Dave's Rating:


Digital love.

Black-and-white Dorothy leaves black-and-white Kansas, the home she hates where nobody appreciates her, where people are always hassling her. But in colorful Oz she gets to reinvent herself, steal some shoes, join a gang of new friends and perfect the art of heroic witch-slaying. Her reward for this is winding up back in black-and-white, back where she started. Make sense? Of course not. But the moral of the story trumps all: don't leave home for the Big World Out There, kids. It's just a bunch of people with no hearts, brains or courage. And the rest of them want to set you on fire.

And so it is with Wreck-It Ralph (the voice of John C. Reilly), a lumbering ox of a video game character and destroyer of everything he touches in the vintage '80s arcade standby "Fix-It Felix Jr." Treated poorly for no better reason than being good at his job, Ralph needs a little validation. Attending "Bad-Anon" meetings doesn't help. Even "Street Fighter"'s Zangief can't convince him that he's not a bad person simply because his day job involves constant demolition. Lonely, sad, and longing for the day he's thought of as a hero, Ralph returns to his garbage dump home each night and sleeps under a blanket of bricks.

That is, until he goes AWOL from his own game. Entering the first-person shooter "Hero's Duty" to steal a hero's medal and then stumbling into the world of "Sugar Rush" -- a little girl's candyland where he meets a cutesy misfit glitch named Vanellope (Sarah Silverman) -- Ralph has to beat back the forces of evil, save Vanellope from her fate and learn to appreciate his own role in the arcade food chain. Of course, if everyone else had just expanded their minds a little bit and appreciated Ralph first (they started it, after all) he wouldn't need to go around proving himself to others. But thems the breaks when the world hates you irrationally. You just have to be better. I won't spoil the happy ending for you, but the Oz parallels remain fairly consistent and, occasionally, blatant.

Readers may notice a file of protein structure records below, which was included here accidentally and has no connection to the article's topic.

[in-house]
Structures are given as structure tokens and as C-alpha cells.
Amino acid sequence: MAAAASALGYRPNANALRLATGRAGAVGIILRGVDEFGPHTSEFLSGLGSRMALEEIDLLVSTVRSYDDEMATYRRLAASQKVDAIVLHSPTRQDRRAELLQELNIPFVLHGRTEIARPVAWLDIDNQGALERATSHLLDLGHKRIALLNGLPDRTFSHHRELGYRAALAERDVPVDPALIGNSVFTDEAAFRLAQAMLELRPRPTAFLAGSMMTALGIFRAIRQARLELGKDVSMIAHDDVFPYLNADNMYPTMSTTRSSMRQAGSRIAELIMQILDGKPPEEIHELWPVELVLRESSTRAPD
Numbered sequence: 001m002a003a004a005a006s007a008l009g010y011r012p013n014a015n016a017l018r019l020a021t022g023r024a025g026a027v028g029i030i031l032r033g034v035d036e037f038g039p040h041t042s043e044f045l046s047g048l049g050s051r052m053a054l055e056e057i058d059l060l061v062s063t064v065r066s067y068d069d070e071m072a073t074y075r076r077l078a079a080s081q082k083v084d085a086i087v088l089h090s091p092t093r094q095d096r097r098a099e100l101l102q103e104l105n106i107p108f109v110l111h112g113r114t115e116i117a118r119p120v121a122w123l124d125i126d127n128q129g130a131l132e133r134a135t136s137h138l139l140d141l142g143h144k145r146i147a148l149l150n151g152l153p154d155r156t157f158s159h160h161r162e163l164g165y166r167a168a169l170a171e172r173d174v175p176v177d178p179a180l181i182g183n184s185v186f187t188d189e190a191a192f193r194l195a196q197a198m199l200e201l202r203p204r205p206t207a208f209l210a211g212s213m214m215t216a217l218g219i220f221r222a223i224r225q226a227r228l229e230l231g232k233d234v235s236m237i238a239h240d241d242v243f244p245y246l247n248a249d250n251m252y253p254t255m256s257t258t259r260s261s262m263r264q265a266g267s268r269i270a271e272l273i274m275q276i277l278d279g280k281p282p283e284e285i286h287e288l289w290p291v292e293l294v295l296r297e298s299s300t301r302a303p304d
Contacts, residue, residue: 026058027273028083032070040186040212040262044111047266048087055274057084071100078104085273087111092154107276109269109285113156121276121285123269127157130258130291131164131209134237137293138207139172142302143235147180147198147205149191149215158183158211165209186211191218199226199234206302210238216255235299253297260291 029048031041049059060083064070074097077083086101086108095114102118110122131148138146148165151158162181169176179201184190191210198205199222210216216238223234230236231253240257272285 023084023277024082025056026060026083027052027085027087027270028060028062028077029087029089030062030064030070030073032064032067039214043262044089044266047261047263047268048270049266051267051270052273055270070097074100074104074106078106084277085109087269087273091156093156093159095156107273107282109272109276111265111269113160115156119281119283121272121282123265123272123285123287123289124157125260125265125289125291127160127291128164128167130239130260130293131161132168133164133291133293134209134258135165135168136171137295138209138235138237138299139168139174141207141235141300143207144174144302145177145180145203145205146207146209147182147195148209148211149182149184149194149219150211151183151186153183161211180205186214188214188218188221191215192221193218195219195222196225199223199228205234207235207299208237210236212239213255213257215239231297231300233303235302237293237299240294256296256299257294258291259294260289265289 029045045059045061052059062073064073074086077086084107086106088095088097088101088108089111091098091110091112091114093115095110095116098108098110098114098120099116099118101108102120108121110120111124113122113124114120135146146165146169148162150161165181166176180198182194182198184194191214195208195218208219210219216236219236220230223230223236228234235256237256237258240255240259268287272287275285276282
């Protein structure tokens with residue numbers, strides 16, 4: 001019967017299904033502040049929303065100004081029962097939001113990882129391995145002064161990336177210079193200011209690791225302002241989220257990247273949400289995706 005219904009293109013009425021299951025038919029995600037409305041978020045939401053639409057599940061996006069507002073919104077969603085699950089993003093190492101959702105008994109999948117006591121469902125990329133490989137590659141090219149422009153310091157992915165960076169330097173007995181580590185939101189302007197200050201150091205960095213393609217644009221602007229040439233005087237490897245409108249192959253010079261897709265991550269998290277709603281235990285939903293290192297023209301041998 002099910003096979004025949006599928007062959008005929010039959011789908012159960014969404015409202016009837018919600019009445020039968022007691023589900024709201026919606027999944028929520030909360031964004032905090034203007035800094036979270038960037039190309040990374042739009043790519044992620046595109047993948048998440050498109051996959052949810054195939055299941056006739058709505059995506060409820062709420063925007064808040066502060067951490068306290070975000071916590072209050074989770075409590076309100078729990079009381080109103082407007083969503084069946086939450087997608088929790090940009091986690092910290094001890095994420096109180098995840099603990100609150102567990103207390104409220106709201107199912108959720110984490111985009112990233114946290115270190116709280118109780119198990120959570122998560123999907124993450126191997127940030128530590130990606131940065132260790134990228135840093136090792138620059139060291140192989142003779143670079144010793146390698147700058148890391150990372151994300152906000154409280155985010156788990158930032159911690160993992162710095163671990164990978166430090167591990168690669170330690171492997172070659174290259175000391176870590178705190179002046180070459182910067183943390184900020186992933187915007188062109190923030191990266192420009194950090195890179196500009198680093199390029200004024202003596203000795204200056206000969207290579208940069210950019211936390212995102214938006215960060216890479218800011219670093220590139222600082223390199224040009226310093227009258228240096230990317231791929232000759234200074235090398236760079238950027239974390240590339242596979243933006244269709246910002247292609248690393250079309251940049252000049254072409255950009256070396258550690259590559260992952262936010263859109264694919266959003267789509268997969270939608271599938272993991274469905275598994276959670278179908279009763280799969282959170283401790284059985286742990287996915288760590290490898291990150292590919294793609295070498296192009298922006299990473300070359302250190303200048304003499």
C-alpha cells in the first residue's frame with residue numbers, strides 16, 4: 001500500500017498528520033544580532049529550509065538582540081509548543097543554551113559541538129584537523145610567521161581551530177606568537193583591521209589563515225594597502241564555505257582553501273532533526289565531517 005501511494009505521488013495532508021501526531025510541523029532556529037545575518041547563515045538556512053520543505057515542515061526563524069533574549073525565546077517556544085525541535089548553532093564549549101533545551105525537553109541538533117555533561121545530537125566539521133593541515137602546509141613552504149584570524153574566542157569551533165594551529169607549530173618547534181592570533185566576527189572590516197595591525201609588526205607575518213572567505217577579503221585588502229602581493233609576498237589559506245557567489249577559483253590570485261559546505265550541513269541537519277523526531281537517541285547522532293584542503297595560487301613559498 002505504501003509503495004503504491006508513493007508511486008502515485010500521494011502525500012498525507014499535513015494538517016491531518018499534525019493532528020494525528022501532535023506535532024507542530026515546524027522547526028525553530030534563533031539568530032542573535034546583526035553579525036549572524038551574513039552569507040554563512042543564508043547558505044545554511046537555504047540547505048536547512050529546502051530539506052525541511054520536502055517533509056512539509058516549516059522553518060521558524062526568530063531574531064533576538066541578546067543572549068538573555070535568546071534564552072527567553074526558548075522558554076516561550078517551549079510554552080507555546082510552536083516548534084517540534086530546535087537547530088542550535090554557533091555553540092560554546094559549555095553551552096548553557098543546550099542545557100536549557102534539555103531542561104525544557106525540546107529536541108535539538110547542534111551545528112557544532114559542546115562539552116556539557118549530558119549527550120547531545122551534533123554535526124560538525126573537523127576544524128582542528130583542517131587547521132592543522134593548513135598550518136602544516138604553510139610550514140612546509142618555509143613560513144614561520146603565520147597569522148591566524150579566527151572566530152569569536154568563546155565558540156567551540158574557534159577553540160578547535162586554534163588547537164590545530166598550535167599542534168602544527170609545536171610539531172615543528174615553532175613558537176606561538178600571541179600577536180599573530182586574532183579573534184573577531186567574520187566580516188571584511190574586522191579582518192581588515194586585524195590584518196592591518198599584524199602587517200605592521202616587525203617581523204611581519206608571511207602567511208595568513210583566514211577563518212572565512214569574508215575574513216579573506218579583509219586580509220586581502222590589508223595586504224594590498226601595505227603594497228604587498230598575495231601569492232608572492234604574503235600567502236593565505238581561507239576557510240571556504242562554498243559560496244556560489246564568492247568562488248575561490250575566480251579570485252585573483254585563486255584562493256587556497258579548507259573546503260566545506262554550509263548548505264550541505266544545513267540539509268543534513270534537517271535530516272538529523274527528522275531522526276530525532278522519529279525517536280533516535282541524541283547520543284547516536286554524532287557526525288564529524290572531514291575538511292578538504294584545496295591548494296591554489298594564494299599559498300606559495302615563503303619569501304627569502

And that's to be expected. So if Wreck-It Ralph fails at anything it's message freshness. Save the princess, join the heroic thousand-face throng, know yourself and your purpose -- it's a blueprint you've known since the first time anyone told any story about anything. And the somewhat befuddling reward for heroic achievement, the return to a less exciting life (or, to put a positive spin on it, the comfort and love of the familiar), well, that's just part of the bargain. They're not sold separately unless you're James Bond.

Setting that stuff aside, W-IR further (and happily) blurs the animation lines between Disney and Pixar, straddling that difficult empty space between just-for-kids films like Cars and more complex, all-ages entertainment like the Toy Story movies. Every day-glo-digital moment is impeccably constructed, the script (from Jennifer Lee and Phil Johnston) is funny, smart, simple to follow and sweetly moving when it comes to the obligatory final-act hugs, reconciliations and affirmations of there being no place like home. So if, in the end, it has less on its mind than a more dramatic movie like Brave, its pleasures are are no less warm, bright and witty, a repositioned Who Framed Roger Rabbit for generations of people raised on Donkey Kong.


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